FBI Publishes Report on Active Shooter Events–2000-2012

FBI sealLast month, the Federal Bureau of Investigation published the findings of a study of Active Shooter Events (ASE’s) that occurred from 2000 to 2012.  One thing is clear from the data, and you can probably guess what it is.  Active shootings, injuries, and deaths have all increased during in years examined.

The FBI studied a total of 110 active shooter events during this period.  Complete data was not available for every instance, but there was enough information for an examination of the trends in several areas of concern.

While you might think most of the incidents occurred on school campuses, 40% of ASE’s occurred in businesses, while 29% were in schools and 19% outdoors.  This would indicate that the majority of the ASE’s take place indoors.  Sound building clearing tactics, especially of the hostage-rescue type, are important for first responding officers.

Forty-seven of the 51 ASE’s with response time data showed that police officers arrived in under seven minutes.  The median police response time for 51 of the incidents was just three minutes.  That is quick to get boots on the ground.  It also makes the next set of stats sobering.

For arrival data, a total of 104 ASE’s were studied.  In 51% of the 104 cases, the ASE was still in progress as police arrived.  In 60% of these cases, police officers used deadly force to end the event.  A solo patrol officer was the first to come on scene at the critical incident in 18 ASE’s.  Of these 18, 13 ASE’s (72%) were still in progress.

While en route to an active shooter call, consider that your odds are over 50% that there will still be killing where you are going.  And in most cases, you will have to make a deadly force decision to stop it.  Are you prepared mentally, tactically, and technically to deal with the situation when you throw the cruiser into park?

The most powerful weapon brought to the scene by the suspect in 59% of cases was a handgun.  Rifles followed at 26% and shotguns at 8%.  Thirty-three percent of the suspects brought multiple weapons.  Five percent wore body armor and another 3% had IED’s available.  I was always taught to assume the worst–the bad guy you may be facing has all of these.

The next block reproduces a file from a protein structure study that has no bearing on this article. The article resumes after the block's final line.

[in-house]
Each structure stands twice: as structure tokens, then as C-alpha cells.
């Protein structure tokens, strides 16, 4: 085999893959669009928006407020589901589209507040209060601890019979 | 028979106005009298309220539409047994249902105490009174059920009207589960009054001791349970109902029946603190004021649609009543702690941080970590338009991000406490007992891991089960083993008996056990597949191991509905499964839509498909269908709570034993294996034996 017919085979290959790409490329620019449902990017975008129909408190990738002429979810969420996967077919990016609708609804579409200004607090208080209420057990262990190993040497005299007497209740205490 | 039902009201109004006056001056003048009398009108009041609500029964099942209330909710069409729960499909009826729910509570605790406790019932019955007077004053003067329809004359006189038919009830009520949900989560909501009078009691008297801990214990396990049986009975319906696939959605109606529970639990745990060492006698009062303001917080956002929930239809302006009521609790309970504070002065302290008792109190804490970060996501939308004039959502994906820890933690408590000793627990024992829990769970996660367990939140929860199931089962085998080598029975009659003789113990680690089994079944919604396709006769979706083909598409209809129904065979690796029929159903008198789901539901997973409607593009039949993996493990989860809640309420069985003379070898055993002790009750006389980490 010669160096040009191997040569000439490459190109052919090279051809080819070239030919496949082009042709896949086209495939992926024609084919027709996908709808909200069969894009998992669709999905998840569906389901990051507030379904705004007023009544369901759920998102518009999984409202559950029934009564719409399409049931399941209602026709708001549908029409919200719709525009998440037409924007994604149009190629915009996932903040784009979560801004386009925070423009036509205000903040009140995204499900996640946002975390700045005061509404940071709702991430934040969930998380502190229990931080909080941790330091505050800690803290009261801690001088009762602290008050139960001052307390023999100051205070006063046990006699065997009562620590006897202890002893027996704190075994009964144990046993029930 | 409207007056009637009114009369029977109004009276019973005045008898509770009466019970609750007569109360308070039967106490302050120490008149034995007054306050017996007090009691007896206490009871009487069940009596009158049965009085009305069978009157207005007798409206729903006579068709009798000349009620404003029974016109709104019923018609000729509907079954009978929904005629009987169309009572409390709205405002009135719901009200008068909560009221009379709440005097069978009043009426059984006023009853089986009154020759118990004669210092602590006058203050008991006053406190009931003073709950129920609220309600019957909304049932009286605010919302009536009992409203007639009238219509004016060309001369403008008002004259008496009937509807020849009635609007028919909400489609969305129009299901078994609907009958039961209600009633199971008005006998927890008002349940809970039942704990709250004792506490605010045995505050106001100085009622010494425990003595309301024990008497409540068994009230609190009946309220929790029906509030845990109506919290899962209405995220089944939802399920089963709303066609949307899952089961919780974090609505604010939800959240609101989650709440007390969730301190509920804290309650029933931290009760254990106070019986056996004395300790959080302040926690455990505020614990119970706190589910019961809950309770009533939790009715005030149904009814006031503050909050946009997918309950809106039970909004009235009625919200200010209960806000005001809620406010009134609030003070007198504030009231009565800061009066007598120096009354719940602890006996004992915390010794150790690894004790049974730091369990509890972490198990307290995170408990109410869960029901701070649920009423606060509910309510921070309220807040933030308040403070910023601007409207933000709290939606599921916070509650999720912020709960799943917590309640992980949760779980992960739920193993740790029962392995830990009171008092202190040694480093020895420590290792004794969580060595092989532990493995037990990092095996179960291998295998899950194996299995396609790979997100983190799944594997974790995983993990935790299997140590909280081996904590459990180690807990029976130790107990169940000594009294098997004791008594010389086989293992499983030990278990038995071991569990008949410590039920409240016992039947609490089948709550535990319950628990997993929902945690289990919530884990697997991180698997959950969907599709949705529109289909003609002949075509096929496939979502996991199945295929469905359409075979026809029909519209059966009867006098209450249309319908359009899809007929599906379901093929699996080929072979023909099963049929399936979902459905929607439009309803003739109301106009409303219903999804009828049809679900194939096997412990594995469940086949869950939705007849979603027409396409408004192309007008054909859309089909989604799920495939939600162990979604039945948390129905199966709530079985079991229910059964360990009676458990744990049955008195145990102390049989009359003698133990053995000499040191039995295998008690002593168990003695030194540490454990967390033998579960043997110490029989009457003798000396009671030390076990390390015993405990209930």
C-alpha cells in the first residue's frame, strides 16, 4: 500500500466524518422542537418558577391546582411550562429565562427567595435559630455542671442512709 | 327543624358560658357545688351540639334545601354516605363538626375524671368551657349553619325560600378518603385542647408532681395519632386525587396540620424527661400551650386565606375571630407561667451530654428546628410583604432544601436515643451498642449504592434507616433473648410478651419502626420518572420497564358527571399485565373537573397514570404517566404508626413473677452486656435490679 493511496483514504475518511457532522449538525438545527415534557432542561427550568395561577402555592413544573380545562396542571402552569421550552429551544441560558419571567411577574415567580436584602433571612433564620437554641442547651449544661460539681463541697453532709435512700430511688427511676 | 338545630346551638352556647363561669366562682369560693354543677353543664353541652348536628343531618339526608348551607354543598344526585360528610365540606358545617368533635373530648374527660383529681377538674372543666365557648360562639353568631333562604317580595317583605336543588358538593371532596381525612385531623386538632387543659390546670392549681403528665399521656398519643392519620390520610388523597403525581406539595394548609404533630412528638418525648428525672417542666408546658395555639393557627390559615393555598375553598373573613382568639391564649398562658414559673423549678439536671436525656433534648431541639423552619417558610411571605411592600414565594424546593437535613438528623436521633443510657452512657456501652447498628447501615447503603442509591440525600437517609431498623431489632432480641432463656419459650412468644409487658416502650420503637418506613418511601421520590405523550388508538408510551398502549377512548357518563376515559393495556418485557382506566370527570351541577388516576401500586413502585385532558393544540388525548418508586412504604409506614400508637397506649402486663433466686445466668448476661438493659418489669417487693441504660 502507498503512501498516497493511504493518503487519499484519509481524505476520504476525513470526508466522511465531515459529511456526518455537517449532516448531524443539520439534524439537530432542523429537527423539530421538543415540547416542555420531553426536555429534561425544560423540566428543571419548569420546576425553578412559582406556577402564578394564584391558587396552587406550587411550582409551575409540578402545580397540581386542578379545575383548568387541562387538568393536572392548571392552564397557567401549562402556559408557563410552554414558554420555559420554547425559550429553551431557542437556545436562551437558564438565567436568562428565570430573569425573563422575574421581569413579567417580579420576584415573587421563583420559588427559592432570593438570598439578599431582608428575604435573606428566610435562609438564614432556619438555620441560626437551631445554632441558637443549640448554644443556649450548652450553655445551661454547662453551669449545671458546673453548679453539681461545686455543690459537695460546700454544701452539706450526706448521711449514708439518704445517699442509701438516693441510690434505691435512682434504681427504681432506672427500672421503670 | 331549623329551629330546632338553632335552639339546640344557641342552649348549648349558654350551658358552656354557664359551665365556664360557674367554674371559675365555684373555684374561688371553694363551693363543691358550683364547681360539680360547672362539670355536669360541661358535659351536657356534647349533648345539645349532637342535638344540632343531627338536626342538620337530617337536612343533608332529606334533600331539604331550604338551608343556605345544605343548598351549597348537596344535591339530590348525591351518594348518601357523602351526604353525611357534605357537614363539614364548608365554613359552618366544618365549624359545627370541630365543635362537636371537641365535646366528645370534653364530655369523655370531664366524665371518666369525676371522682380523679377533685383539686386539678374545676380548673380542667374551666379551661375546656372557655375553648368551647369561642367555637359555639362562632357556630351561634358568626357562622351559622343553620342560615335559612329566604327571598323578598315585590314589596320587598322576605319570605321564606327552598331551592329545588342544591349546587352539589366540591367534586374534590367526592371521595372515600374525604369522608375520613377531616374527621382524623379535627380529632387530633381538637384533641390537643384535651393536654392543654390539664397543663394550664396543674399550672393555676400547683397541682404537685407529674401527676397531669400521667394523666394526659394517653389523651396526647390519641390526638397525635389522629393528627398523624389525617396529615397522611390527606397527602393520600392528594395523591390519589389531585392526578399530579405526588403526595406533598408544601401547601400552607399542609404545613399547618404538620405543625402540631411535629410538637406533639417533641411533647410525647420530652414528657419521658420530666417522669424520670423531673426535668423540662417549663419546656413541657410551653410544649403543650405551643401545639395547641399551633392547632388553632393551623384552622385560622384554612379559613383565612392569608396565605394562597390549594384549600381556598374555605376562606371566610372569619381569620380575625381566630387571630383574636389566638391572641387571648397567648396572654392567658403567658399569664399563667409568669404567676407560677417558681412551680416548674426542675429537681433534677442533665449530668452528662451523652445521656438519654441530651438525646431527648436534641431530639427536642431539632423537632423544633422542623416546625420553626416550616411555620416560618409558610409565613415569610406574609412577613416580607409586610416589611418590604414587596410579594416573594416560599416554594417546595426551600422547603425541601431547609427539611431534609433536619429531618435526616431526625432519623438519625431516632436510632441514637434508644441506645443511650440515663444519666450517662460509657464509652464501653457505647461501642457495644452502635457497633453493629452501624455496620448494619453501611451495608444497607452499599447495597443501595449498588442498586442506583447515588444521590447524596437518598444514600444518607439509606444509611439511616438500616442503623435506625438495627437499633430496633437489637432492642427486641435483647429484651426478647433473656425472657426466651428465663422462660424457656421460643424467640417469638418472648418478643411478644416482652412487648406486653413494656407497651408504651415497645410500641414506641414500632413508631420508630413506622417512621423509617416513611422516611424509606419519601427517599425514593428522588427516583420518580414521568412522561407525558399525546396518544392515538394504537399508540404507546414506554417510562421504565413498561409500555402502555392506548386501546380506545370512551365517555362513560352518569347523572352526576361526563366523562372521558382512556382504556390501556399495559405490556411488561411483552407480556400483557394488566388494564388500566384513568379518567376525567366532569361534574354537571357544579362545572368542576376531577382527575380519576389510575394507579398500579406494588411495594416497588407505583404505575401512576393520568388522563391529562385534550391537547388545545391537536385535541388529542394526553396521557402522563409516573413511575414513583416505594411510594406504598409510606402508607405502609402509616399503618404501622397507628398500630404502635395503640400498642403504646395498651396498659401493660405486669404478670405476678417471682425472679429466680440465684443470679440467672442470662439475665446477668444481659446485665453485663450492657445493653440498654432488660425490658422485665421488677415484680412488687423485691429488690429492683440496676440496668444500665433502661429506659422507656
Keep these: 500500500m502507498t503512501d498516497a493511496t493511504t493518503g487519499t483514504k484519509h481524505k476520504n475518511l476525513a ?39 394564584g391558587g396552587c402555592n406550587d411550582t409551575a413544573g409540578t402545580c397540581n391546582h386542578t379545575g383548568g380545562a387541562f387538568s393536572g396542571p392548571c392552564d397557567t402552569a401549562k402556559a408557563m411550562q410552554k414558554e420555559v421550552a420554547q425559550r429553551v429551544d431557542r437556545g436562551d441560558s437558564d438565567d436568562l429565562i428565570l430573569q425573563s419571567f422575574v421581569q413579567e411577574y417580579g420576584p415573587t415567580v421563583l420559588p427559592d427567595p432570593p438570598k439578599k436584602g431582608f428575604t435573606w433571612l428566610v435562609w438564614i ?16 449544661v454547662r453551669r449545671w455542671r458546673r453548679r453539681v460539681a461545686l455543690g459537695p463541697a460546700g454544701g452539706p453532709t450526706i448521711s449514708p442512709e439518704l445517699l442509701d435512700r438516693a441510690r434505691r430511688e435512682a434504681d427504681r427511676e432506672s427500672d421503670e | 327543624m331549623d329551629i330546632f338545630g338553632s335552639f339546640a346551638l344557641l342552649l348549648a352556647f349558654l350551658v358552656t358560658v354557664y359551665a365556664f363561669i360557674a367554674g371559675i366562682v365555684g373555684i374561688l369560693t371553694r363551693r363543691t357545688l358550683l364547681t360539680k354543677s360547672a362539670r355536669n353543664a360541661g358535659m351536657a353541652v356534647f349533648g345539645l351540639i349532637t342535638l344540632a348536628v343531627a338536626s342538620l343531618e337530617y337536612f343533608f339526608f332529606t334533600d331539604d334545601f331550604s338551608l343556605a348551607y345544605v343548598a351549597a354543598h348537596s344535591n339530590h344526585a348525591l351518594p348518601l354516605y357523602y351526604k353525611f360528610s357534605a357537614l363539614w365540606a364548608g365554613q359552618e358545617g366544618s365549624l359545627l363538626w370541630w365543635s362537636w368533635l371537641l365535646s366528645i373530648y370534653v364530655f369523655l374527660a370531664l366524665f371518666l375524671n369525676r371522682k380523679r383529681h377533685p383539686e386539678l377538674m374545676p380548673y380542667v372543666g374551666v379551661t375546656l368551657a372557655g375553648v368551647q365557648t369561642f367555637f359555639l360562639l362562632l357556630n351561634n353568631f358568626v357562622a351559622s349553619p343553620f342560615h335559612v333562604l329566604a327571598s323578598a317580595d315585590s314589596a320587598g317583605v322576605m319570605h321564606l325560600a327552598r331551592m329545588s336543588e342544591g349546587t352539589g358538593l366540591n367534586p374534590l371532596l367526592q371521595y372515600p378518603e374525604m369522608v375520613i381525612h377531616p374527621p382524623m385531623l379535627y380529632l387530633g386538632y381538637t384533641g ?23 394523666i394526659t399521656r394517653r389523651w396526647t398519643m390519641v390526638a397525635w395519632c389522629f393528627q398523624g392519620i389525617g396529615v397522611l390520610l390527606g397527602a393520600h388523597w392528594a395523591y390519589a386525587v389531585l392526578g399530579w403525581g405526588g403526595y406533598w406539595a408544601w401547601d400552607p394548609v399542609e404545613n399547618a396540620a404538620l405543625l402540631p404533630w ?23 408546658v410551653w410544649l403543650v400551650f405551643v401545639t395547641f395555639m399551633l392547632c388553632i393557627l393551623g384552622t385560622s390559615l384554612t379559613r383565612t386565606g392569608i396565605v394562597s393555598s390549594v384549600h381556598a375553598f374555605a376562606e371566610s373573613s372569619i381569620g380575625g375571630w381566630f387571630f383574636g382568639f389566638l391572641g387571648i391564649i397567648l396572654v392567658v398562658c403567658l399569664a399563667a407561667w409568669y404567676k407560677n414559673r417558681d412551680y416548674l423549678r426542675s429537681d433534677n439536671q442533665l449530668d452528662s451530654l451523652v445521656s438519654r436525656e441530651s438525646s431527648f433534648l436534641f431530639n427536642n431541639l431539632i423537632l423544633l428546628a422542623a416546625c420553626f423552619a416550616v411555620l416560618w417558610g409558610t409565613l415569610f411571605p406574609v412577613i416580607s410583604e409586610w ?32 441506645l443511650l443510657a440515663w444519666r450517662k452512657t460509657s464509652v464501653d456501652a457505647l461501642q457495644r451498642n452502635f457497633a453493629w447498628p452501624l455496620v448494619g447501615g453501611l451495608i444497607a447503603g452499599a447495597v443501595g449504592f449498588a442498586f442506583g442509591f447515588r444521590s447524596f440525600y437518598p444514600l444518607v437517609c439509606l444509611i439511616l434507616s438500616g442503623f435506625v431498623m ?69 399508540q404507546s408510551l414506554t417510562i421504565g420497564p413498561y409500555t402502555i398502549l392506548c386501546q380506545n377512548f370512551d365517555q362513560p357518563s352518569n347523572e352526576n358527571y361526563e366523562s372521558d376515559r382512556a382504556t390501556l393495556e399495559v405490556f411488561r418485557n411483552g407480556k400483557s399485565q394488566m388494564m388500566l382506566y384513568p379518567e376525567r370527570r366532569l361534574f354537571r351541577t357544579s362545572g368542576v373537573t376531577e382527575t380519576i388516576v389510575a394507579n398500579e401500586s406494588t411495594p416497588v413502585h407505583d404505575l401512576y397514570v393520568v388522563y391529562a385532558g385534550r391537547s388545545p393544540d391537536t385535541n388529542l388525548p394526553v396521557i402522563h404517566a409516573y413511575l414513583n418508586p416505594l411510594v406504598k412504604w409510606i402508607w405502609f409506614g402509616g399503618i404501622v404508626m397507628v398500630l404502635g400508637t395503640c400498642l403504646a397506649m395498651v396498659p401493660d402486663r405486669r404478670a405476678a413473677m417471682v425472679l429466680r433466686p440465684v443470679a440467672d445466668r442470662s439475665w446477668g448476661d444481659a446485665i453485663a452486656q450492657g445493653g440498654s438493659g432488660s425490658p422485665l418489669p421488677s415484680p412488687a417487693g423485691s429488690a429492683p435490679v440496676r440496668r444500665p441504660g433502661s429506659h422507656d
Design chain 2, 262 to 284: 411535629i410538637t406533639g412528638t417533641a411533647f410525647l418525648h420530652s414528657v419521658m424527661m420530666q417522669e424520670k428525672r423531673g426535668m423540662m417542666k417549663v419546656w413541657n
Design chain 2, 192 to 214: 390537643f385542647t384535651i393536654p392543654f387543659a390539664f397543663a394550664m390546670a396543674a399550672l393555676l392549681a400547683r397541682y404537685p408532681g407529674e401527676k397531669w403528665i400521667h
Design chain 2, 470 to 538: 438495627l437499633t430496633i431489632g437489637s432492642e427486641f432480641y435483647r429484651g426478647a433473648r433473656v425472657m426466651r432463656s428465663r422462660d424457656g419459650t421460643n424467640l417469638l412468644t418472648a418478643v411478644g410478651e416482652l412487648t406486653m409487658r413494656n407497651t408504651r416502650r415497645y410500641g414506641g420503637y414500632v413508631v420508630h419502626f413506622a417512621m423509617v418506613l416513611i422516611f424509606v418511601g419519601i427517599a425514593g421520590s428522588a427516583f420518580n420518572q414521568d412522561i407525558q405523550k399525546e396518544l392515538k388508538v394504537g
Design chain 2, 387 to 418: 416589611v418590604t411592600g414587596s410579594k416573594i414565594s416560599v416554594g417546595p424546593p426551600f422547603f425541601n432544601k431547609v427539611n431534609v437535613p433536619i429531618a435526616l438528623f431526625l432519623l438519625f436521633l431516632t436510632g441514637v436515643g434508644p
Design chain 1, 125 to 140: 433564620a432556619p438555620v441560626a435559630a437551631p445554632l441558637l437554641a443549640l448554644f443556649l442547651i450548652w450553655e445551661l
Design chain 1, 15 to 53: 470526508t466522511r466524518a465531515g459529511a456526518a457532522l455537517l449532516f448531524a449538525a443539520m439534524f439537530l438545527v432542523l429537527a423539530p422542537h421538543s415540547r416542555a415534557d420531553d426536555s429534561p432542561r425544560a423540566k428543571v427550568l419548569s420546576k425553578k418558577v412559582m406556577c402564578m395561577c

I urge you view this link to the report:  FBI Active Shooter Study.  This will obviously give you a closer look at the methodology and stats.  I agree with the recommendations of the study that all officers should have training with and access to patrol rifles, plate carriers, and medical equipment (to include tourniquets).  I would add that a prepared mindset is also key to handling an ASE.

Any of us could be called upon to save lives at an Active Shooter Event.  Officers who are ready and able will prevail.  Stay safe.

Randall

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2 Responses to FBI Publishes Report on Active Shooter Events–2000-2012

  1. Aaron E says:

    Great stuff Randall! I wholeheartedly agree with the BIG-3 you mentioned. Officers should have access to a patrol rifle, plate carrier, and trauma kit (with tourniquet).

    A shotgun is an awesome weapon, but in a crowded area with innocents running all over to get away, the ole scatter gun quickly meets its limitations.

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